CPI inflation in Euroland in March was revised down 0.1 percentage point to a monthly 2.4% increase and a 12-month 7.4% rate of increase. Both advance metrics still represent record highs, and the year-on-year advance compares to 1.3% in March 2021. The revision stemmed from a downtick of the energy component to 44.4% year-on-year from a rise initially estimated of 44.7%. Food price and core inflation (excluding food and energy) were at 2.9% and 5.0% last month. Between March 2021 and March 2022, CPI inflation accelerated from 2.0% to 7.6% in Germany, 0.6% to 6.8% in Italy, 1.2% to 9.8% in Spain, 1.9% to 11.7% in the Netherlands, 1.6% to 9.3% in Belgium and -2.0% to +8.0% in Greece.

In other price news,

  • Consumer price inflation in New Zealand rose 1.8% on quarter and 6.9% on year in 1Q 2022. The 12-month rate of increase was the most since 2Q 1990.
  • Russian producer prices leaped 5.9% in March, their largest monthly advance in 21 months, and the 12-month rate of increase (26.7%) was 3.1 percentage points greater than that in February. Russian share prices are down 1.0% so far today.
  • South Korean producer prices (+1.3%) posted their largest monthly jump since early 2017, lifting their 12-month rate of increase by 0.3 percentage points to 8.8%.
  • Polish producer price inflation accelerated 3.9 percentage points in March to a 317-month high of 20.0%.
  • In Bangladesh, CPI inflation of 6.22% in March was its highest in 17 months.

French business confidence softened to a reading of 105.9 in April from 106.8 in March, and 112.7 in February. The pandemic low point in April 2020 had been 47.7. The reading for manufacturers of 108.2 was down from 112.8 in January, and retail printed at 93.4 after 99.3 in March and 107.0 in February.

Although located not far from Russia, Norway is a producer and exporter of energy, so business confidence in the first quarter of 2022 reversed a 0.2-point downtick in the previous quarter and, at +8.8, compared favorably with readings of -17.2 and -9.9 in the first two quarters of 2020 when the pandemic was new and scary.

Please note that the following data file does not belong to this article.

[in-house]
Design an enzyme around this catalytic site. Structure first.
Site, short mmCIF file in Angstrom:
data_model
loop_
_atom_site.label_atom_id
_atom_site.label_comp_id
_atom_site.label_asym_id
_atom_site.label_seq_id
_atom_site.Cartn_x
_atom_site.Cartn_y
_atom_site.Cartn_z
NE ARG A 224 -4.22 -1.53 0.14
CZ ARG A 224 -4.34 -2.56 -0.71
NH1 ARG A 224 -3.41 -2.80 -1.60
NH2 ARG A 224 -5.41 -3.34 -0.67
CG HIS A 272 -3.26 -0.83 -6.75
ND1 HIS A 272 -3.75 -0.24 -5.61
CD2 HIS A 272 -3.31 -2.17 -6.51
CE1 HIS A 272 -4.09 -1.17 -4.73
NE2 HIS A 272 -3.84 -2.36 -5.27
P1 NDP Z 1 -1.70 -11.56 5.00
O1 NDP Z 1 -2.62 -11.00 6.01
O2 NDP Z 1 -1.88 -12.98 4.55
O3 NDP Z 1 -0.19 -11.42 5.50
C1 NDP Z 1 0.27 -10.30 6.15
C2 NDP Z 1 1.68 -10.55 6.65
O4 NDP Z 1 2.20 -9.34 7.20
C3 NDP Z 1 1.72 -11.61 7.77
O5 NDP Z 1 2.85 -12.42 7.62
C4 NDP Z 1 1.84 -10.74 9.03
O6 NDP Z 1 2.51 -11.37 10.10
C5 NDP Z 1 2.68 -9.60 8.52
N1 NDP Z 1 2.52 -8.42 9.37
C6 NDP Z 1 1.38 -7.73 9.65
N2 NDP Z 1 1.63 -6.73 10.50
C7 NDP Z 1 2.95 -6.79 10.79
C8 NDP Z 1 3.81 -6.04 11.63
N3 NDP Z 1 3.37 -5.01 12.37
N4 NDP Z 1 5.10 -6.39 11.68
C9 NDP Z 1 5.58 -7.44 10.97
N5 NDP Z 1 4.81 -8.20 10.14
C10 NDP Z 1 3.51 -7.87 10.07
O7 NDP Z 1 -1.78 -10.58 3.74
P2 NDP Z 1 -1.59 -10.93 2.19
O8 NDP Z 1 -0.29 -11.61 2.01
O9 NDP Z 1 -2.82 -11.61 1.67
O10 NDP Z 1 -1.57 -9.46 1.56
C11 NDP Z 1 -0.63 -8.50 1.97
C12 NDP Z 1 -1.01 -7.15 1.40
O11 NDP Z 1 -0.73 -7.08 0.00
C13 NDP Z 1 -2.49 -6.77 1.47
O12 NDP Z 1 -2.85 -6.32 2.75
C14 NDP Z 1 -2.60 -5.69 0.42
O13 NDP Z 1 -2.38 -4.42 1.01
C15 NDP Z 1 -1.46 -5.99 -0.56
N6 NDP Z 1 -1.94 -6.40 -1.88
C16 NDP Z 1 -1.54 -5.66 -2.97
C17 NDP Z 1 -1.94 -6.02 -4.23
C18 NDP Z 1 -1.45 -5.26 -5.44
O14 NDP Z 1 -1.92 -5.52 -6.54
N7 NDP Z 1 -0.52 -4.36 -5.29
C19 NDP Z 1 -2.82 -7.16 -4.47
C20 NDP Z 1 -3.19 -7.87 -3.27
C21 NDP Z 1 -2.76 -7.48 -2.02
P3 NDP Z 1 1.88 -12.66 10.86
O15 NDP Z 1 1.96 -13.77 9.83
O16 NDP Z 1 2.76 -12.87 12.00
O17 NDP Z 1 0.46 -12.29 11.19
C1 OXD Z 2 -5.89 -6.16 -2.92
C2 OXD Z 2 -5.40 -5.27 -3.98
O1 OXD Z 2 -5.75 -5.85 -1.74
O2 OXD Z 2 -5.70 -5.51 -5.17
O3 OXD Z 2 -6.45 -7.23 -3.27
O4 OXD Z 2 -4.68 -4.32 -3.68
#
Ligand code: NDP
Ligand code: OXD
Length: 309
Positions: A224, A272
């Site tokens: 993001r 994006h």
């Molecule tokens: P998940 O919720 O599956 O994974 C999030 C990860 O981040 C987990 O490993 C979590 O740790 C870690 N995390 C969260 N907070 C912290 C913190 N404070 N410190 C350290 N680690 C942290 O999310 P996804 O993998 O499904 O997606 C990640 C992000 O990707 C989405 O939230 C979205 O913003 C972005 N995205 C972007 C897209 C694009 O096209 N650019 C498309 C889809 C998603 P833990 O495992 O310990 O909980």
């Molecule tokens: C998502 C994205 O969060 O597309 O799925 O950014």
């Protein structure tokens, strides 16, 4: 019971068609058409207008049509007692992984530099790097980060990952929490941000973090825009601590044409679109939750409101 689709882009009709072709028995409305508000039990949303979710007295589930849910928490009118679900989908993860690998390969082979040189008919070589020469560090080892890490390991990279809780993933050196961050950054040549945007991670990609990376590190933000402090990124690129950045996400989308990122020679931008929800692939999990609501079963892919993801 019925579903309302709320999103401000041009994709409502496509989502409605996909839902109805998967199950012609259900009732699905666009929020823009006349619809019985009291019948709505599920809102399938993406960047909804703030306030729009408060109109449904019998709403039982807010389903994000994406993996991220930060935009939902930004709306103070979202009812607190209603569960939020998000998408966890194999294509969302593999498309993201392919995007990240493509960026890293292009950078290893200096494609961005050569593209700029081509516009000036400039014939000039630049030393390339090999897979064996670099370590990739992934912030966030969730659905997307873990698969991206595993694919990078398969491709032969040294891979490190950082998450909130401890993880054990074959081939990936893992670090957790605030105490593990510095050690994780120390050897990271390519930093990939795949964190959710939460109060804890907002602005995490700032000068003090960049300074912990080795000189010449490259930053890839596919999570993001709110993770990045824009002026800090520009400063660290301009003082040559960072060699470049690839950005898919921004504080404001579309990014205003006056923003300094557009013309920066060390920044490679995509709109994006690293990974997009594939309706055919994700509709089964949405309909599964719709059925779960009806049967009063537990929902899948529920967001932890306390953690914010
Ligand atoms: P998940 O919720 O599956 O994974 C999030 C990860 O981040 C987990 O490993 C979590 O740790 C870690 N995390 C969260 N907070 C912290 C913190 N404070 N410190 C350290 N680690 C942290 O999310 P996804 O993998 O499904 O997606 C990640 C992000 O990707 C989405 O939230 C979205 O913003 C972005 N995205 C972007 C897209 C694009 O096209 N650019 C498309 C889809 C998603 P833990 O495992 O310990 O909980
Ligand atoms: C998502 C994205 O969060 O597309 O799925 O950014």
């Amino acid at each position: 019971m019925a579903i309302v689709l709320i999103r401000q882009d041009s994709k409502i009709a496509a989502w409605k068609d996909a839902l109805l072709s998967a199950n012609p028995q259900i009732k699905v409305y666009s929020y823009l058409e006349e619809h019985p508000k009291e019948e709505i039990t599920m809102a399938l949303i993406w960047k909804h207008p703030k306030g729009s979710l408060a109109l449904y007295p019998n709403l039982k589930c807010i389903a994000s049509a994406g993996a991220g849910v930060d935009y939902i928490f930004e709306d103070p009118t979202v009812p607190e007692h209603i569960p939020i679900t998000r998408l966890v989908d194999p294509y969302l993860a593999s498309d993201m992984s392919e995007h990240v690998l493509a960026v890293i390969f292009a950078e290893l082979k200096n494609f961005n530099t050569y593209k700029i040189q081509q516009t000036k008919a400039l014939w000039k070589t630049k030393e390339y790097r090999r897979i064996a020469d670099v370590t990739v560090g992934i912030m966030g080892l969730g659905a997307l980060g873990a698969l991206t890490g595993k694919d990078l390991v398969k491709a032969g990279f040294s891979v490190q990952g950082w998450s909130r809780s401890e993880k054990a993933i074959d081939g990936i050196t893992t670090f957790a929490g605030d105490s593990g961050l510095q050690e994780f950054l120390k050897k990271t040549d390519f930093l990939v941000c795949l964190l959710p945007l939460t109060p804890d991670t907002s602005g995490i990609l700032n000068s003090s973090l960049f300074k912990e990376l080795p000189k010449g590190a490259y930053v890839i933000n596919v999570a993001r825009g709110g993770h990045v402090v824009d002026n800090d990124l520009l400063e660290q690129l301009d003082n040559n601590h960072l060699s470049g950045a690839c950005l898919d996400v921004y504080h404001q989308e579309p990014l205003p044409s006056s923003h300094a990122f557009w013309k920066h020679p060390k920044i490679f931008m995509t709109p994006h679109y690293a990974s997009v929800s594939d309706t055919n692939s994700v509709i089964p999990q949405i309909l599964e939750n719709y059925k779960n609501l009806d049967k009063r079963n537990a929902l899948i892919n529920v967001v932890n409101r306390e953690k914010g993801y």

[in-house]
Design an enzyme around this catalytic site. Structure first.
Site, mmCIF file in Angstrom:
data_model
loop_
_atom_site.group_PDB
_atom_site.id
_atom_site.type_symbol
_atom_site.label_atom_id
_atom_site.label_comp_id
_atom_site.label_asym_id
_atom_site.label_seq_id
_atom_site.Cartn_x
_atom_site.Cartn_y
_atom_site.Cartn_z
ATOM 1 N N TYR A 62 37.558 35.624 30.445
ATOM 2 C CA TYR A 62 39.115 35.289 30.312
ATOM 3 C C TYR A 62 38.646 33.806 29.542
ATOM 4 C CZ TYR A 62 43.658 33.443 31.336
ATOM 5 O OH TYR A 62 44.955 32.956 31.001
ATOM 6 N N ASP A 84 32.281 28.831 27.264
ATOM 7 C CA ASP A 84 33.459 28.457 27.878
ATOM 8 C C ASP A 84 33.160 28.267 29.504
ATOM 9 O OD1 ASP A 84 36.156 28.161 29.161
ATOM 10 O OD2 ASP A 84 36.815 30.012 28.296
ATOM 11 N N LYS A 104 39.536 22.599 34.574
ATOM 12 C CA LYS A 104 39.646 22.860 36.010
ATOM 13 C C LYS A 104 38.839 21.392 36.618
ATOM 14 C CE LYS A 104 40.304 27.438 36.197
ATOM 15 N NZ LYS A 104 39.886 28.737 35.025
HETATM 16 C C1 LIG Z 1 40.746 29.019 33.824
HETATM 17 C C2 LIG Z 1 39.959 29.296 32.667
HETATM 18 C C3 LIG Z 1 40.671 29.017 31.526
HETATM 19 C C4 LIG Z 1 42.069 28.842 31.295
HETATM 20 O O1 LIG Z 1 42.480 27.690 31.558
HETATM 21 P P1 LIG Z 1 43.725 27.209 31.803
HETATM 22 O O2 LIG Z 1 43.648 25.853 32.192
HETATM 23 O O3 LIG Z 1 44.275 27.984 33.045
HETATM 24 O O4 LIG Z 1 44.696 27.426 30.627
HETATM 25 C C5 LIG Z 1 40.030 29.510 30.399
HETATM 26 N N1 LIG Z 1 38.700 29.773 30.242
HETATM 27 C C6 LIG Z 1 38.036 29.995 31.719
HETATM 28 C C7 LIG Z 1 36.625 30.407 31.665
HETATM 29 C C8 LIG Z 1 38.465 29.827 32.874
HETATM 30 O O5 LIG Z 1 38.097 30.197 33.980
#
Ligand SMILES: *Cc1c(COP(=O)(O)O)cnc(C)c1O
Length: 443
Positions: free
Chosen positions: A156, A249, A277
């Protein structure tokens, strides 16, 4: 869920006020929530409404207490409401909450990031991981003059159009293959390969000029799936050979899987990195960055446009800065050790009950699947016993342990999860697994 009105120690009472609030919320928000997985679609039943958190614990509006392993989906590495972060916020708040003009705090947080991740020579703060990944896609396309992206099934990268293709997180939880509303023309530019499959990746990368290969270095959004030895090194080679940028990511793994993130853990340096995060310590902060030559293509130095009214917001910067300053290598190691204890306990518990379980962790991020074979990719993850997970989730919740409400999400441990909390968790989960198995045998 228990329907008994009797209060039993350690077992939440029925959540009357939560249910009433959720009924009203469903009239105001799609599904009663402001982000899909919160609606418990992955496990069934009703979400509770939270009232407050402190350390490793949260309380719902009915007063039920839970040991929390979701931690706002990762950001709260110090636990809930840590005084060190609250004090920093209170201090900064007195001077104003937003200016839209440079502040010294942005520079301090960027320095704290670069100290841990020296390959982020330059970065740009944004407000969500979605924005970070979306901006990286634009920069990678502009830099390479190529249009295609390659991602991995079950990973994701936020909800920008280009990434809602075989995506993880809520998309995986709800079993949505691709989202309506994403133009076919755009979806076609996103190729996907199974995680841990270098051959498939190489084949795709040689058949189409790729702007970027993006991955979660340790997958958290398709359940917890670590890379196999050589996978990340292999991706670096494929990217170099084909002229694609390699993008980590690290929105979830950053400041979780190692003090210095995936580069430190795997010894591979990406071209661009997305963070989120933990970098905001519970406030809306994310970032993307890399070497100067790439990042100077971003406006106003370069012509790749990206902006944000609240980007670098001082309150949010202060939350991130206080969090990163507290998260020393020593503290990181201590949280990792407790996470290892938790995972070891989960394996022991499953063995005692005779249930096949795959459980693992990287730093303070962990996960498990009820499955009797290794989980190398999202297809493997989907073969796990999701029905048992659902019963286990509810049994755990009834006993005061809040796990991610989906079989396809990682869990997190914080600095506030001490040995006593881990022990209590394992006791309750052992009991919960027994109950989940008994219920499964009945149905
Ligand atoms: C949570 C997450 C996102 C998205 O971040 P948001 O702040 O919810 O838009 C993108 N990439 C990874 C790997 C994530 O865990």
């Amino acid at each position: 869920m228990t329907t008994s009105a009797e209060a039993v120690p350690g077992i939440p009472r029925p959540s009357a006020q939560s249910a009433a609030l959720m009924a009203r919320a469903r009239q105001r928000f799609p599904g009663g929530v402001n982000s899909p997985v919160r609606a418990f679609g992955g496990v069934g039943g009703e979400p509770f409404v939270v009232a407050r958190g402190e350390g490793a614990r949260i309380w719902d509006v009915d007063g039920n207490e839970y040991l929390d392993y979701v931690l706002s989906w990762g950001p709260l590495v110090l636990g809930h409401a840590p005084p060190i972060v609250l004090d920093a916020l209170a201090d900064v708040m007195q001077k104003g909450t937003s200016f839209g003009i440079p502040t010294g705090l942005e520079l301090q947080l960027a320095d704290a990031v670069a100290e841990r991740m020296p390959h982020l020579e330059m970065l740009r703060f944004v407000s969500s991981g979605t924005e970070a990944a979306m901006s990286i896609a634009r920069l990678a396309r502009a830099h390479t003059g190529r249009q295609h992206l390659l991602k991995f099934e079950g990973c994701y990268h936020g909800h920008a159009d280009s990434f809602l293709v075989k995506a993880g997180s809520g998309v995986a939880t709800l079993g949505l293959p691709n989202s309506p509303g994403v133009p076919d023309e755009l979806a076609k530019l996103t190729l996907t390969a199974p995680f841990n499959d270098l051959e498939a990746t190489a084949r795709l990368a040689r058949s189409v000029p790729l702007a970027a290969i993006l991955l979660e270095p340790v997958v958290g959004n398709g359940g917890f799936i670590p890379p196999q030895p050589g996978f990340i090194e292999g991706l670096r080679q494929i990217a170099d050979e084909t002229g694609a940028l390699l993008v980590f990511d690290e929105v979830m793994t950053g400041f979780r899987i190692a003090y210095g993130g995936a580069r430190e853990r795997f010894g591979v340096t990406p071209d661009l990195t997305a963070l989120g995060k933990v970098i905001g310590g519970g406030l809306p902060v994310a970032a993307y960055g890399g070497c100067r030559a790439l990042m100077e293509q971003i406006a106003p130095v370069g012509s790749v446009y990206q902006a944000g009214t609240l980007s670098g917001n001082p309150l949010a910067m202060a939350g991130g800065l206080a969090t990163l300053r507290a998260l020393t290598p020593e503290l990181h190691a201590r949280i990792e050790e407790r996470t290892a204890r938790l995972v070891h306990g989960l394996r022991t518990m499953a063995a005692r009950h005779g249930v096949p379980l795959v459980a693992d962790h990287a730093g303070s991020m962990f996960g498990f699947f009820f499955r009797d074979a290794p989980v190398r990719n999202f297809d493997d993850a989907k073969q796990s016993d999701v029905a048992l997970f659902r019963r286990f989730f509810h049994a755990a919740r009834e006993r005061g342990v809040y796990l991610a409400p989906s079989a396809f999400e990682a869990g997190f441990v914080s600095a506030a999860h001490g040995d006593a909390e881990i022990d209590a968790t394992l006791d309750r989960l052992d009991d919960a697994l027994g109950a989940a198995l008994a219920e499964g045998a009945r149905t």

New U.S. jobless insurance claims last week dipped 2k to 184k, the ninth sub-200k weekly reading in a row. But the Philly Fed manufacturing index dropped 9.8 points in April to a 2-month low of 17.6. In yesterday’s released Fed Beige Book of regional economic conditions, eight of the twelve Federal Reserve districts earned activity growth characterizations of moderate. That majority was flanked by modest activity in the Boston and Philly Fed regions and robust conditions in the Dallas and Kansas City districts.

Yesterday’s U.S. Covid readings continued to show a wide divergence between cases on the one hand and deaths on the other. 62.9k new cases were identified, and their 7-day average of 43.3k was 49% higher than two weeks earlier. But there were only 611 deaths on Wednesday, and their 7-day average of 386k was 35% below the level two weeks earlier. It is taking longer to reach a death toll of 1 million, but at 988,610 so far that milestone is merely a matter of time. Covid restrictions continue to be reduced in the United States, a marked contrast with China’s approach.

Copyright 2022, Larry Greenberg. All rights reserved. No secondary distribution without express permission.